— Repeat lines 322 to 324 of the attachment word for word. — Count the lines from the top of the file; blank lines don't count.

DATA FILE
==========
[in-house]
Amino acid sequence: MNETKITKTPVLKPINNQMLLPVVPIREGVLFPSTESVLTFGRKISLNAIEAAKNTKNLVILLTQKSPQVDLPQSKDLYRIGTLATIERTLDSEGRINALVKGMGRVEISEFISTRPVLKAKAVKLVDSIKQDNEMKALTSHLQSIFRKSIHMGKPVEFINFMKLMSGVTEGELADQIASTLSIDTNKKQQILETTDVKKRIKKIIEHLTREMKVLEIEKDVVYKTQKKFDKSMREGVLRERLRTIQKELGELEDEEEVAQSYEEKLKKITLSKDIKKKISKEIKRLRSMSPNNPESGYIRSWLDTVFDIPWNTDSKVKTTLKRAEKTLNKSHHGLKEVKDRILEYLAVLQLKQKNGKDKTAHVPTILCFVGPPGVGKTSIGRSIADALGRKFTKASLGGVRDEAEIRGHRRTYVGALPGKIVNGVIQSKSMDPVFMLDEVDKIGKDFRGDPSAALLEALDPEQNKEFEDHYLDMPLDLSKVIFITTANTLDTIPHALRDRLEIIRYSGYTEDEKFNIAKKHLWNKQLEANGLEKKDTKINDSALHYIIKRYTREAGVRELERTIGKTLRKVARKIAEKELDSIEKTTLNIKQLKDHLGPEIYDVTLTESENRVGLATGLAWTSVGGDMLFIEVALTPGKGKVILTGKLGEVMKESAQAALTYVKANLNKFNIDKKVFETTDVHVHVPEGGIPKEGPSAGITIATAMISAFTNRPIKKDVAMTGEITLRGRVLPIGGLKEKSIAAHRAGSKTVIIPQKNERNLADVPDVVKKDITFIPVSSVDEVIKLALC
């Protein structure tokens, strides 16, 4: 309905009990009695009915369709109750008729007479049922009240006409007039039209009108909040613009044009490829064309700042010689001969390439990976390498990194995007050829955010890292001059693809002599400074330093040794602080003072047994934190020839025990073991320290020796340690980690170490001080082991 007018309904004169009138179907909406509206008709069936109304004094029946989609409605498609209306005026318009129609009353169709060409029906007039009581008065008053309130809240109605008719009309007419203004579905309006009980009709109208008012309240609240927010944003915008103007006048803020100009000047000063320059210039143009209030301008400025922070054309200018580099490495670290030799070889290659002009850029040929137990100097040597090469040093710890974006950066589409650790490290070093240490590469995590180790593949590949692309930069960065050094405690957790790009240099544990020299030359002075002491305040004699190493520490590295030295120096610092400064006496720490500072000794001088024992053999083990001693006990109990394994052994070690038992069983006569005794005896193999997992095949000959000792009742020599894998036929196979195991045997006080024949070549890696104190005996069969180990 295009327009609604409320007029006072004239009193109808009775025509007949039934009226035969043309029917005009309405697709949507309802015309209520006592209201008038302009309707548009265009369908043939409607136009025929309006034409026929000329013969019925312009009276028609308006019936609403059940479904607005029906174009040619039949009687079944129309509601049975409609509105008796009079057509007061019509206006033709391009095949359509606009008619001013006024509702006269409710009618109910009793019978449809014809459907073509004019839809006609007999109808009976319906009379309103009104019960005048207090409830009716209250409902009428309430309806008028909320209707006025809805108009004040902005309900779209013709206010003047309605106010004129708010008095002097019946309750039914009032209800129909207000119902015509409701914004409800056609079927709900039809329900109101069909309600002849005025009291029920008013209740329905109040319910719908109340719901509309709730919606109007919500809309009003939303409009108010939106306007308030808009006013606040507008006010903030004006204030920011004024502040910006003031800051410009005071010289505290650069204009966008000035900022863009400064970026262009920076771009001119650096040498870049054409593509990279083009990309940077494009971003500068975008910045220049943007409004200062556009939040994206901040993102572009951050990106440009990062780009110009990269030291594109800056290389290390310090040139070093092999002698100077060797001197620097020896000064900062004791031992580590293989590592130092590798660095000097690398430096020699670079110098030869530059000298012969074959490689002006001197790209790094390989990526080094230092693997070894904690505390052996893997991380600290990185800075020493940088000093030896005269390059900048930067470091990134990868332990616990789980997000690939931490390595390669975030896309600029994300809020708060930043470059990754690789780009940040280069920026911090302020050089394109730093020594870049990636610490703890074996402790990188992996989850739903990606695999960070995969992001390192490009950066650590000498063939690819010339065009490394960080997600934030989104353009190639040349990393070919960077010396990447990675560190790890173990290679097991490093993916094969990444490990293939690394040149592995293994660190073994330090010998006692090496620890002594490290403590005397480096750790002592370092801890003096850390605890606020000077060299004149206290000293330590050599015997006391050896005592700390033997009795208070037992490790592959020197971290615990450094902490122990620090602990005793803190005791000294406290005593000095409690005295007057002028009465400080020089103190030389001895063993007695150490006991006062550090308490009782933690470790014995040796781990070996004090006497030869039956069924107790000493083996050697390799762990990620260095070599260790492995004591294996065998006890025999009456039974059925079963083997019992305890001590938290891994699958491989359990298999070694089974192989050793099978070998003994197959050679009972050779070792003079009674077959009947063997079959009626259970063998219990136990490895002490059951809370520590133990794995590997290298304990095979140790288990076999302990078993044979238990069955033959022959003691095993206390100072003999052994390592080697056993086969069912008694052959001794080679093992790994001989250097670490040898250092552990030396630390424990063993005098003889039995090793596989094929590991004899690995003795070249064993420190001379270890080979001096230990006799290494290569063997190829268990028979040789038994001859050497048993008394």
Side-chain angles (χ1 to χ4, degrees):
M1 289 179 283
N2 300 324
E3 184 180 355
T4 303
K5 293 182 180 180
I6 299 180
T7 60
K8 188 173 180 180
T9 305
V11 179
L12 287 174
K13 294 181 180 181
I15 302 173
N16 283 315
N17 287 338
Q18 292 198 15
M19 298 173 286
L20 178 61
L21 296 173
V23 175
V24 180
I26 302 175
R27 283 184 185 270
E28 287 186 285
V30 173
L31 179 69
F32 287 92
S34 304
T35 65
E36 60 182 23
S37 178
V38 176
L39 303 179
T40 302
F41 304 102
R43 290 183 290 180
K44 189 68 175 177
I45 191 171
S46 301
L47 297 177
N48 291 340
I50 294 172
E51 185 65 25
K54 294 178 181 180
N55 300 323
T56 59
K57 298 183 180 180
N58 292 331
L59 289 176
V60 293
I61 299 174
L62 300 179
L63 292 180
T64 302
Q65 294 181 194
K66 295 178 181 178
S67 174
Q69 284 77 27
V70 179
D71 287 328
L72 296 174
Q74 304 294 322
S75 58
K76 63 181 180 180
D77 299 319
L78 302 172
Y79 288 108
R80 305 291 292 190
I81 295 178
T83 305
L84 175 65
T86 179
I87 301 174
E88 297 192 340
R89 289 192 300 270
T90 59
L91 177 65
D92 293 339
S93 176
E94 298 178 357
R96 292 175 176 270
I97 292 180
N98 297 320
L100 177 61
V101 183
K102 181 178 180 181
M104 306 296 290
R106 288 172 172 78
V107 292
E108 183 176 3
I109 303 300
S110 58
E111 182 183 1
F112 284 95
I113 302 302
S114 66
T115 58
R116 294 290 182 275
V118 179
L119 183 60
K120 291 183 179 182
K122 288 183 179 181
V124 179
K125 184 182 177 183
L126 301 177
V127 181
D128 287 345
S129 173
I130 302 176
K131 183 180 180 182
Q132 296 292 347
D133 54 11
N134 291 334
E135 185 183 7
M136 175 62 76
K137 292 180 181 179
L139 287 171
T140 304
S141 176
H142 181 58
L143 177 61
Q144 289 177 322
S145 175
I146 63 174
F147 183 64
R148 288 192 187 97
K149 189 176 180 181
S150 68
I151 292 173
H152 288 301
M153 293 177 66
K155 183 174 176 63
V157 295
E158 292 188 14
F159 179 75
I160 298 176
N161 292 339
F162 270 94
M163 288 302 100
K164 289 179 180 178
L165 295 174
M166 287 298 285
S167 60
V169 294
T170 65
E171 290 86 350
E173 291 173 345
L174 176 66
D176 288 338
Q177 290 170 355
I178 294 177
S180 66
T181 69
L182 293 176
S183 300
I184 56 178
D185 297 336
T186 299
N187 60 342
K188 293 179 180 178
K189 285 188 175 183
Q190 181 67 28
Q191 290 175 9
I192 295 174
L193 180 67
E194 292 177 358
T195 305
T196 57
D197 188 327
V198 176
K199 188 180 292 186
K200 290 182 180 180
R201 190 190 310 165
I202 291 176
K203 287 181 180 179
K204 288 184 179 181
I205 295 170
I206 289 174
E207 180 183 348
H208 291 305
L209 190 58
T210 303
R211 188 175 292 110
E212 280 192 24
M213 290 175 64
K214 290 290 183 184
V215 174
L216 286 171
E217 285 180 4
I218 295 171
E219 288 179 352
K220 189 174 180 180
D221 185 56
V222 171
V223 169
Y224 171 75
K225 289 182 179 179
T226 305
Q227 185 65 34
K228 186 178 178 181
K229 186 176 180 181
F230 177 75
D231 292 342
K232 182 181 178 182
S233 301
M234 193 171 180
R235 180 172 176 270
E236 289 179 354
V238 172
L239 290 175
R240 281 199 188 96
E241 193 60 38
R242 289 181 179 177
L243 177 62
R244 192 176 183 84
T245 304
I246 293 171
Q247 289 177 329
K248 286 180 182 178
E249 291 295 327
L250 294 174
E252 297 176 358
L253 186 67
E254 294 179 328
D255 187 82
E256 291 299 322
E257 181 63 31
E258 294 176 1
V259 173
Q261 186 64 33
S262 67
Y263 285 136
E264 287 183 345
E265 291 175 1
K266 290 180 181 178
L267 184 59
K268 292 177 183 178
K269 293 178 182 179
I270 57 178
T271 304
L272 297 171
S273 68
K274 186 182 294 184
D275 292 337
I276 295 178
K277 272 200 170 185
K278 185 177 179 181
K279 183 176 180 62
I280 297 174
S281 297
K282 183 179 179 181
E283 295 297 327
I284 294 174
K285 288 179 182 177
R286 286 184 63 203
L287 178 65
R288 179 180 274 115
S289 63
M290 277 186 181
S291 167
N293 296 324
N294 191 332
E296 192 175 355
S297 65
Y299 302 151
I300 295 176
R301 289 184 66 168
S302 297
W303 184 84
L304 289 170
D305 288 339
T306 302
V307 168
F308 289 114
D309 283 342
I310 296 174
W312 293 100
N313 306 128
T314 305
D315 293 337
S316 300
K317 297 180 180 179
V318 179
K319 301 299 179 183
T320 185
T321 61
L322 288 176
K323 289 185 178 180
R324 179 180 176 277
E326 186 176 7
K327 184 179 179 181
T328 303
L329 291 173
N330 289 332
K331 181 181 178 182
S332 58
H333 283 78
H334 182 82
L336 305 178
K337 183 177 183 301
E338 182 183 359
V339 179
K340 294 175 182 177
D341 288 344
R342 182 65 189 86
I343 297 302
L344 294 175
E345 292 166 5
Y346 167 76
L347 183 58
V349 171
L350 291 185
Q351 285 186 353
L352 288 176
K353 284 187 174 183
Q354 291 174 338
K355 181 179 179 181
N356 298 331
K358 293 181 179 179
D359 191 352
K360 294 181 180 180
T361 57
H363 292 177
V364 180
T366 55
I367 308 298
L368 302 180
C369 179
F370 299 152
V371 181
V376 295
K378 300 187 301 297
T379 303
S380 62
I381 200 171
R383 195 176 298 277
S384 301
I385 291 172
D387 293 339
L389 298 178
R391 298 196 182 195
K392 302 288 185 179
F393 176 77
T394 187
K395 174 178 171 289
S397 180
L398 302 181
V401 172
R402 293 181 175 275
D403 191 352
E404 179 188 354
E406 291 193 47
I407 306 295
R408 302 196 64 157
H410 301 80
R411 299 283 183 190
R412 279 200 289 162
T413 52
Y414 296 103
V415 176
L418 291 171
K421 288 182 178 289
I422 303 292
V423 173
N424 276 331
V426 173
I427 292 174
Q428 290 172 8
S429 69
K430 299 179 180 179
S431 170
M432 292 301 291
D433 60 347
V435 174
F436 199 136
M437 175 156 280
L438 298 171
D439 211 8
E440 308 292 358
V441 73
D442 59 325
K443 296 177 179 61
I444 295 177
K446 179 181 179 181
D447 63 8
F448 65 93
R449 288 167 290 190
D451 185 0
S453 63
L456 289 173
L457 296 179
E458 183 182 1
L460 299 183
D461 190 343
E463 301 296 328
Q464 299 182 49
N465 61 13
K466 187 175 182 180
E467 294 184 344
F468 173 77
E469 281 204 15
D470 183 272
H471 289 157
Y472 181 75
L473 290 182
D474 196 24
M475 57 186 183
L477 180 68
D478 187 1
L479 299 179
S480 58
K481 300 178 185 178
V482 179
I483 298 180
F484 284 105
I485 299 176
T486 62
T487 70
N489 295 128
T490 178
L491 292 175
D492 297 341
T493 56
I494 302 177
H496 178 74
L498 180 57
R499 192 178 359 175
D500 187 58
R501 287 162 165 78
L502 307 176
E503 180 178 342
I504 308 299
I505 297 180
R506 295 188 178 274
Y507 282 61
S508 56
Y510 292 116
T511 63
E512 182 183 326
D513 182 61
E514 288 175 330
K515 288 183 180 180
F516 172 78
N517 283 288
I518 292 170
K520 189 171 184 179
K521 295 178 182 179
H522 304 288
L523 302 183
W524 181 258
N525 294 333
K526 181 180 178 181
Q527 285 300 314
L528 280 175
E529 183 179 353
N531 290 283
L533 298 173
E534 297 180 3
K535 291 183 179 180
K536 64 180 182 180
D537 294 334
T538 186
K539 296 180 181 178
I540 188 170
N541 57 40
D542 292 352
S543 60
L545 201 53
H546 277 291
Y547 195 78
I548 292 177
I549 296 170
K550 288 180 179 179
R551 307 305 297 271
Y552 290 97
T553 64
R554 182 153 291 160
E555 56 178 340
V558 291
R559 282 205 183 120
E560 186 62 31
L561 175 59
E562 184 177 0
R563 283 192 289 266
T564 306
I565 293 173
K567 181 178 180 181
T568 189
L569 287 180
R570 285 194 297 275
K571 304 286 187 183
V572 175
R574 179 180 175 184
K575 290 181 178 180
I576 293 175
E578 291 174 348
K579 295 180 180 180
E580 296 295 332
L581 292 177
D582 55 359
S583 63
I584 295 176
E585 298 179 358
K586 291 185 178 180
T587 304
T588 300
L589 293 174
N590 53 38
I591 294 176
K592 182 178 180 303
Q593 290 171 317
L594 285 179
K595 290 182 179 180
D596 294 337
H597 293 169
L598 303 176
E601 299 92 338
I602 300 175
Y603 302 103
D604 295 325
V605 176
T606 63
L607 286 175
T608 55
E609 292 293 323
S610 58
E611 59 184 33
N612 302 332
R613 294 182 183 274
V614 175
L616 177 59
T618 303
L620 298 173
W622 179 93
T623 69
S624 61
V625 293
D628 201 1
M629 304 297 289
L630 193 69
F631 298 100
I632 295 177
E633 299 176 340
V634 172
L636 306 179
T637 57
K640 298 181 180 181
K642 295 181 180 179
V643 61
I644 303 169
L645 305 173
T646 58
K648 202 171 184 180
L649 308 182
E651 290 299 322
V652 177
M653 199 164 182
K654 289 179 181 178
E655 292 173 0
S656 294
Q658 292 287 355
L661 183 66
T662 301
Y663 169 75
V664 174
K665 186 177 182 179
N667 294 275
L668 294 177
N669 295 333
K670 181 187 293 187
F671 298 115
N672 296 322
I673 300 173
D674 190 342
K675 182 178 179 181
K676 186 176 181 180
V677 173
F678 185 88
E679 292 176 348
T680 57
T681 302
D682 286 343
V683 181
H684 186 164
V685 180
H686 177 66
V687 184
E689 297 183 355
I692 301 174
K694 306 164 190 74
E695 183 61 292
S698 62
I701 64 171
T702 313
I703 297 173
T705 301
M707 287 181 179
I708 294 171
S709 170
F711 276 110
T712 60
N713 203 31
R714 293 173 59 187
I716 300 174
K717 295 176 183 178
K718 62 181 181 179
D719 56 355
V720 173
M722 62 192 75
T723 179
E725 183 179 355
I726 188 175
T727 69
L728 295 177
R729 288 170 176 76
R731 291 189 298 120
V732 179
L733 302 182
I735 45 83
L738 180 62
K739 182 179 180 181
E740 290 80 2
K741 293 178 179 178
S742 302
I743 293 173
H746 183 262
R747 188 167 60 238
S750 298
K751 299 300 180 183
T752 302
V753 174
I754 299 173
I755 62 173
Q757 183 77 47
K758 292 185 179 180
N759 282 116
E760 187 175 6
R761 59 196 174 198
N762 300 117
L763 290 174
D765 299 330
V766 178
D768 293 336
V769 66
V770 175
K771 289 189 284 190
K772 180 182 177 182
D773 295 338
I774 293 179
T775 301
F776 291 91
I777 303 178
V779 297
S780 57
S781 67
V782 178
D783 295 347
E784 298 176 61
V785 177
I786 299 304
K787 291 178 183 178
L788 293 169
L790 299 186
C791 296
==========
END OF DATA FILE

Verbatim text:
N356 298 331
K358 293 181 179 179
D359 191 352